So I came back to Norwich jobless, and I went to see a friend of mine who had just bought a major stake in Crowes the printers in Norwich. Now Maurice had worked in Norwich with me and I did promote him to Technical Manager in Norwich, so he owed me a favour. I went in his office and we sat there and had coffee, and he said, "What have you come for?" "Well, here I am looking for a job." He says, "You are just what I'm looking for." He had bought a stake in the company which was on the verge of going out of business. They had been running for about six or nine months and all the money that came in had principally, under the bank's direction, to go in an account to pay the wages to keep it going and it had got to the stage where there was not enough money in the kitty to pay the wages. So though Maurice bought a stake in he didn't part with his money too quickly. But we formed a very good partnership, and he just let it be known that he was the boss, which was fine by me.
I finally stayed about 15 years there. So it was about 1998 when I left, I was 70. For the last five years, working one day a week, I had a specific project to do, so it wasn't too bad, well it was essential, otherwise I was going to get in people's way. They wouldn't tell me anything because I wouldn't to be there the next day to do anything about it. It was the British Standard equivalent to the European Directive on best practice at work. You had to have a document where everything you did in the office and factory had to be documented in a certain way as evidence that this was what you were doing. It took me five years on a one day a week basis. I wasn't in a hurry to finish it…
So the company turned around enough to …
When I was made redundant I was 57, so pensionwise, of course, at that age it is a body blow. But the fact that I went to Crowes and got in at Director level on a pretty good salary, was just what we needed. It was helpful that I knew a lot of people in Norwich so . . . I think the first thing I said to Maurice was that his turnover was about £350,000 a year. I said something along the lines that we wanted next year to get that up to half a million without any increase in overheads, in other words no extra people, same equipment, get more out of the pot. At the time I left we were up to the four million mark. The factory was unrecognizable. Maurice has retired now, but he was an unusual chap. He had great command of finance and technical, you don't often get that. He had his finger on the pulse of everything that happened in that place and that was good for everybody.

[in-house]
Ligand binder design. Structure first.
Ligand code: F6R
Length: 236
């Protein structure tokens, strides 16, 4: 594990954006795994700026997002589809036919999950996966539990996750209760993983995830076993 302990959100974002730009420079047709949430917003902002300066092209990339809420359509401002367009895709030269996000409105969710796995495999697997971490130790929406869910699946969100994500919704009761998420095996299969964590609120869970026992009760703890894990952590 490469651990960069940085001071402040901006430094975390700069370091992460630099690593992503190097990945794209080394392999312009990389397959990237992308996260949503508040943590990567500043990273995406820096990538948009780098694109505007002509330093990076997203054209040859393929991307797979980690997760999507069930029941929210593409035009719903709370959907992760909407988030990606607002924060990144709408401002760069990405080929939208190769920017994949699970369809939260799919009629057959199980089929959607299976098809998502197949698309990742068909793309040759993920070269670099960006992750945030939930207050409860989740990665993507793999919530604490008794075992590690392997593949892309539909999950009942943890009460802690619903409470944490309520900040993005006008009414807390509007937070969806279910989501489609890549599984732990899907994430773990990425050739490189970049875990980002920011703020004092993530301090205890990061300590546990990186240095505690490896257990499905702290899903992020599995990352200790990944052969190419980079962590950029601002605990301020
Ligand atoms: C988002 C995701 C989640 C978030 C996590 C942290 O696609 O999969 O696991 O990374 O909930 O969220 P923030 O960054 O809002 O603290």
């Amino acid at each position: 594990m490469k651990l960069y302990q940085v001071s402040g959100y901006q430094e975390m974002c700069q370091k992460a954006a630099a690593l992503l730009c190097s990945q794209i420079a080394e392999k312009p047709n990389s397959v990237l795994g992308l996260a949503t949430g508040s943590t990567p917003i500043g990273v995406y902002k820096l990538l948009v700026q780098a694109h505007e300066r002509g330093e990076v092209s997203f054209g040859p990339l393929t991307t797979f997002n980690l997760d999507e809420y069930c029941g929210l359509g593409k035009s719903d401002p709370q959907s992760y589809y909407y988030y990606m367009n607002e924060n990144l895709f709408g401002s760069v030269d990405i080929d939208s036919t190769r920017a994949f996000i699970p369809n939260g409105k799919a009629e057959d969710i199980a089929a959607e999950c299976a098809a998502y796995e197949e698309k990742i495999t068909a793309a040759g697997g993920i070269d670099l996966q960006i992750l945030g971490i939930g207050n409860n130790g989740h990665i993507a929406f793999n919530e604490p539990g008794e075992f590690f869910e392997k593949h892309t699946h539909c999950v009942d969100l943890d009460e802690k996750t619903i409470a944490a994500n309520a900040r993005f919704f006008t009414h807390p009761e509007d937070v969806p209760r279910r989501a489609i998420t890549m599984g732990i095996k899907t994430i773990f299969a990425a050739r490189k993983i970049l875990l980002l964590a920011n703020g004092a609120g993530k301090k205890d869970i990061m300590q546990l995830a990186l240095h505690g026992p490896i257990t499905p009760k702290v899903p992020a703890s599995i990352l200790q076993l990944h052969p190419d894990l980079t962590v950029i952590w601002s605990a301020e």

And I sit here now as an octogenarian, enjoying life the best I can while I can. That was my working life. I've been very fortunate.
I had a reunion with some school chums from the 1939-44 years at the CNS. I managed to get ten together and it was interesting, the different levels that they had achieved. I don't know if I had reached their level of achievement, but I certainly did as far as income goes.
But, going back to Sexton's, on my first day I was taken all the way round the factory to meet the foremen and the under foremen, chargehands and what have you and introduced to a chap called Frank F. He said "Where did you go to school, boy?" And I said, "City of Norwich." And he said, "You'll know my son, young Frankie." "Yeh." Now young Frankie went through school at my level which wasn't the upper echelons of the year. Comfortably in the middle. And "Oh," he said, "did you know he is a doctor now?" I thought . . . I knew he was interested in medicine because he belonged to St John's Ambulance rather than the Army, Navy or Air Force cadets. He went in the Navy and got into the medical side and it seems the Commanding Officer said to him just on his way out, "What are you going to do with yourself, F?" "I'd like to stay somewhere in medicine," he said. "Right," he said, "I'll give you some names, get yourself up to London and meet these people." He ended up as one of the Consulting Surgeons to HM The Queen!
Now he's retired and lives out at Stalham, Wayford Bridge.
You'll have to get in touch with him.
He's ex-Directory. I tried to get in touch with him for the reunion. The only way I'm going to find him is actually to drive out there.
When I was in Princes Street I came out of the front door one day and a smartly dressed lad was walking up the street. I said, "Hello Andy, I haven't seen you for a long time." He did three years at CNS and his mother was desperate for money, but he could leave at 14 and he got a job on the railways as a fireman on the train. That was the last I'd seen of him and here he was in his Savile Row suit walking up the street. Somehow he had got into the electronics industry in South America. And he was then going to see his two lads who were boarders at King Edward VI Grammar School at the Close and he just came through and came to the top of the pile. You think, how strange … how people's lives hinge on certain directions they take deliberately or indirectly.